6. 6. Summary – Gender Stereotype <ul><li>Girls prefer software prepared as a learning tool. </li></ul><ul><li>Boys prefer software prepared as a game. </li></ul><ul><li>Programmes written for students (mix of girls and boys) are much more like the ones written specifically for boys than the ones written specifically for girls. </li></ul>
  7. 7. Summary – Gender specific attibutional patterns <ul><li>Boys believe any success they achieve while using technology is more likely due to their ability. </li></ul><ul><li>Girls believe any success they achieve while using technology is more likely due to effort or luck. </li></ul><ul><li>Boys are more likely to believe any failure is due to bad luck or lack of trying. </li></ul><ul><li>Girls are more likely to believe any failure is due to their own ability – OUCH! </li></ul>
  8. 8. Summary - Gender specific attibutional patterns <ul><li>Studies have shown girls’ self-concept of their math ability is more likely to match their parents perceptions than their actual ability. We can expect similar perceptions about technology use. </li></ul><ul><li>Parents are likely reinforce the notion that success with technology is due to boys’ abilities, and girls’ luck or effort. </li></ul>
  9. 9. Summary – Self-fulfilling prophecy <ul><li>It’s well understood that teachers can actually produce the behavior in their students that they hold about them. </li></ul><ul><li>This means: teachers who believe girls dislike computers or are not good with them will teach to the boys interest and preferences. </li></ul>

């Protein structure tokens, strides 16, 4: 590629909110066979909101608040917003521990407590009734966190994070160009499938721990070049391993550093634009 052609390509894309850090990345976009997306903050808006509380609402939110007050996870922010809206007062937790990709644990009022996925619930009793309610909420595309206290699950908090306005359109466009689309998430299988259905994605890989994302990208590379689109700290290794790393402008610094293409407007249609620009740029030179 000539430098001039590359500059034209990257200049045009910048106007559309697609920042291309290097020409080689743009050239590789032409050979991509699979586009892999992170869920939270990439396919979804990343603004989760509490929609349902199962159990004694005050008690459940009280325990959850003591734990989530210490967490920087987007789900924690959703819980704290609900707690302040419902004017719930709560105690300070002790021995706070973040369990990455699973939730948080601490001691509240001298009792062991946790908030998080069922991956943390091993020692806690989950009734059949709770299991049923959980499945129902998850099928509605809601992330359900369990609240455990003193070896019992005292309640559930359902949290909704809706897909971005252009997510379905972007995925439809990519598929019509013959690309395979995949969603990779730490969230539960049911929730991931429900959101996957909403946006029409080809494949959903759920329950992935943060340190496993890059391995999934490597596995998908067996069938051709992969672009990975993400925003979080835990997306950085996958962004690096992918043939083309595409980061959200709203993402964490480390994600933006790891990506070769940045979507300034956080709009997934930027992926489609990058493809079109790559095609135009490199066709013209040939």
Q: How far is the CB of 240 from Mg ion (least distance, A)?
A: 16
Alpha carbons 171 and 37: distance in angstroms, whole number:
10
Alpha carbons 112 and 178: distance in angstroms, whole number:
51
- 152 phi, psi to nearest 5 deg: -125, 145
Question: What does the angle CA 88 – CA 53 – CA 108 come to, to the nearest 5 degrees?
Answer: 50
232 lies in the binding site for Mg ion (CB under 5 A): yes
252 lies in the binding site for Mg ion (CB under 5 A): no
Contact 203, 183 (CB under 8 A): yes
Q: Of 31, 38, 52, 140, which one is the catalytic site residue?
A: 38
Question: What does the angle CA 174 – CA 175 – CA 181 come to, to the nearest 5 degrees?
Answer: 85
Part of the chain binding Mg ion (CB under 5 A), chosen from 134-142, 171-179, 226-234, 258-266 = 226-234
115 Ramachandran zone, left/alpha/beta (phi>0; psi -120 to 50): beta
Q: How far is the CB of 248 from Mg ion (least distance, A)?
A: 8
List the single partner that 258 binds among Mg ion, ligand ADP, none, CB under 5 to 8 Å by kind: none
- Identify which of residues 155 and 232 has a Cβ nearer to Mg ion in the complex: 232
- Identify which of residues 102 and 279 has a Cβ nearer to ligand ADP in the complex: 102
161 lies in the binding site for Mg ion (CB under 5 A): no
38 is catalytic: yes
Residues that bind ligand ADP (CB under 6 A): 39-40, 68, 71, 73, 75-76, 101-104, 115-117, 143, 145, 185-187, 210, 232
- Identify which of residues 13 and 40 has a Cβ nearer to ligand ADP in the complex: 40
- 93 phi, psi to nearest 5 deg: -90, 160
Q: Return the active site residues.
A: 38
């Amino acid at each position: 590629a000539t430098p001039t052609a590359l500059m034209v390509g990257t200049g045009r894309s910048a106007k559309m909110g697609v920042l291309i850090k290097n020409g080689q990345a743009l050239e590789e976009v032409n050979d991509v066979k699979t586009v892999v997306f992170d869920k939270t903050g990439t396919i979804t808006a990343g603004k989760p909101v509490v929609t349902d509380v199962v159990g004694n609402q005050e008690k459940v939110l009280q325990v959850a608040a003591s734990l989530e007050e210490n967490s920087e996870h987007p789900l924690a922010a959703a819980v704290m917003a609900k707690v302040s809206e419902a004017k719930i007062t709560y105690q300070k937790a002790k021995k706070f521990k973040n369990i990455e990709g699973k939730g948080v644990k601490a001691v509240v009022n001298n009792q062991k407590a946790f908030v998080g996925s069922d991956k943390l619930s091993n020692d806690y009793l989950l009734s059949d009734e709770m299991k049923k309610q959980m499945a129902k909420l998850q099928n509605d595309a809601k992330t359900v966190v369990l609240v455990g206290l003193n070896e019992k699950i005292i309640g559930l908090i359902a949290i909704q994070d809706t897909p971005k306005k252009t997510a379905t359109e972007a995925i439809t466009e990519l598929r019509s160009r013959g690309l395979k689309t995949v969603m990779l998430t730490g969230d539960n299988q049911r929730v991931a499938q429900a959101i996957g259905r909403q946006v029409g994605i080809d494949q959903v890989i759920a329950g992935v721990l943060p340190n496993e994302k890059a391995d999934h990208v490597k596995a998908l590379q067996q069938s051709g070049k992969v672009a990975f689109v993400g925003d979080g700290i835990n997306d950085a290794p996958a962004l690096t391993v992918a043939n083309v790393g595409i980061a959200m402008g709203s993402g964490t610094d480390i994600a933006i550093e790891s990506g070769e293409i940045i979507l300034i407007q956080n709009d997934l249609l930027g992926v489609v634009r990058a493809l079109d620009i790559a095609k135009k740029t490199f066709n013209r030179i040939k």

10. 10. Summary – Stereotype threat <ul><li>The “confident and able girl is still at risk of succumbing to the negative consequence of the stereotype.” p. 329 </li></ul><ul><li>How is this possible? </li></ul><ul><li>Girls are aware when there’s a stereotype and put themselves under more pressure. </li></ul><ul><li>The pressure and will to prove themselves, makes it more likely girls will make a mistake – and this is even more upsetting because girls fear the stereotype being proven true! </li></ul>
  11. 11. Summary – Stereotype threat and computer performance study <ul><li>High school females identified by gender on a computer graphing test did significantly worse than females identified by a student number. </li></ul><ul><li>“ The implication of these findings is that the mere knowledge of a stereotype that holds that girls are not good at computers causes girls to suffer stress when learning from a computer and leads to decrements in computer performance . . . At least when their identify as females is made salient.” p. 331 </li></ul>
  12. 12. Summary – Let’s Put the Pieces Together <ul><li>Gender stereotype </li></ul><ul><li>Leads to: </li></ul><ul><li>Gender-specific attributional patterns </li></ul><ul><li>And </li></ul><ul><li>Stereotype threat </li></ul><ul><li>Leading to </li></ul><ul><li>Computer Anxiety </li></ul><ul><li>Which Contributes to the Gender Divide </li></ul>
  13. 13. Summary – Even the Playing Field: Suggestions for Change <ul><li>Educational software that is gender neutral – or provide software that appeals to girls. </li></ul><ul><li>Provide opportunities for girls to work with computers in small all-girl settings. </li></ul><ul><li>Parents and teachers consciously facilitate and guide girls to view success with computers as more related to their ability – and to failure using computers more to poor luck or their lack of effort. </li></ul><ul><li>Focus on females in technology as role models. </li></ul>

×